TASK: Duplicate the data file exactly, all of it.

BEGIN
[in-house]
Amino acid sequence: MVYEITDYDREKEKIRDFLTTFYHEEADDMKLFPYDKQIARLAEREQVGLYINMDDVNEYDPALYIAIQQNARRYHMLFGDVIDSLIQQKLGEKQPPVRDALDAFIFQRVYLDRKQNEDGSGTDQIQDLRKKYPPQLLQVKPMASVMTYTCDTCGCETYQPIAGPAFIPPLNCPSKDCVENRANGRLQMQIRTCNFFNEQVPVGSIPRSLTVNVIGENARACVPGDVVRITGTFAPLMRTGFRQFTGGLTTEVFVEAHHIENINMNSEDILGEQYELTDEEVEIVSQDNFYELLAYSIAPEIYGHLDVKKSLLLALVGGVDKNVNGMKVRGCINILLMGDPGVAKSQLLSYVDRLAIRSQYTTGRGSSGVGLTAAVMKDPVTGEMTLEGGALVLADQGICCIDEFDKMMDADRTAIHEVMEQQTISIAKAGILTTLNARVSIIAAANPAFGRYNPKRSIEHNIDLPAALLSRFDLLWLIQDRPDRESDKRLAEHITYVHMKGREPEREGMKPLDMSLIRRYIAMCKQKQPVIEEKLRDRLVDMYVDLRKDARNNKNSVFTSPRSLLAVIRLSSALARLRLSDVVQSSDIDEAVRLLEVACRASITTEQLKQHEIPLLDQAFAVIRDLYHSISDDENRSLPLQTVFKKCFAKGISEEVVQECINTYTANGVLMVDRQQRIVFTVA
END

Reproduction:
[in-house]
Amino acid sequence: MVYEITDYDREKEKIRDFLTTFYHEEADDMKLFPYDKQIARLAEREQVGLYINMDDVNEYDPALYIAIQQNARRYHMLFGDVIDSLIQQKLGEKQPPVRDALDAFIFQRVYLDRKQNEDGSGTDQIQDLRKKYPPQLLQVKPMASVMTYTCDTCGCETYQPIAGPAFIPPLNCPSKDCVENRANGRLQMQIRTCNFFNEQVPVGSIPRSLTVNVIGENARACVPGDVVRITGTFAPLMRTGFRQFTGGLTTEVFVEAHHIENINMNSEDILGEQYELTDEEVEIVSQDNFYELLAYSIAPEIYGHLDVKKSLLLALVGGVDKNVNGMKVRGCINILLMGDPGVAKSQLLSYVDRLAIRSQYTTGRGSSGVGLTAAVMKDPVTGEMTLEGGALVLADQGICCIDEFDKMMDADRTAIHEVMEQQTISIAKAGILTTLNARVSIIAAANPAFGRYNPKRSIEHNIDLPAALLSRFDLLWLIQDRPDRESDKRLAEHITYVHMKGREPEREGMKPLDMSLIRRYIAMCKQKQPVIEEKLRDRLVDMYVDLRKDARNNKNSVFTSPRSLLAVIRLSSALARLRLSDVVQSSDIDEAVRLLEVACRASITTEQLKQHEIPLLDQAFAVIRDLYHSISDDENRSLPLQTVFKKCFAKGISEEVVQECINTYTANGVLMVDRQQRIVFTVA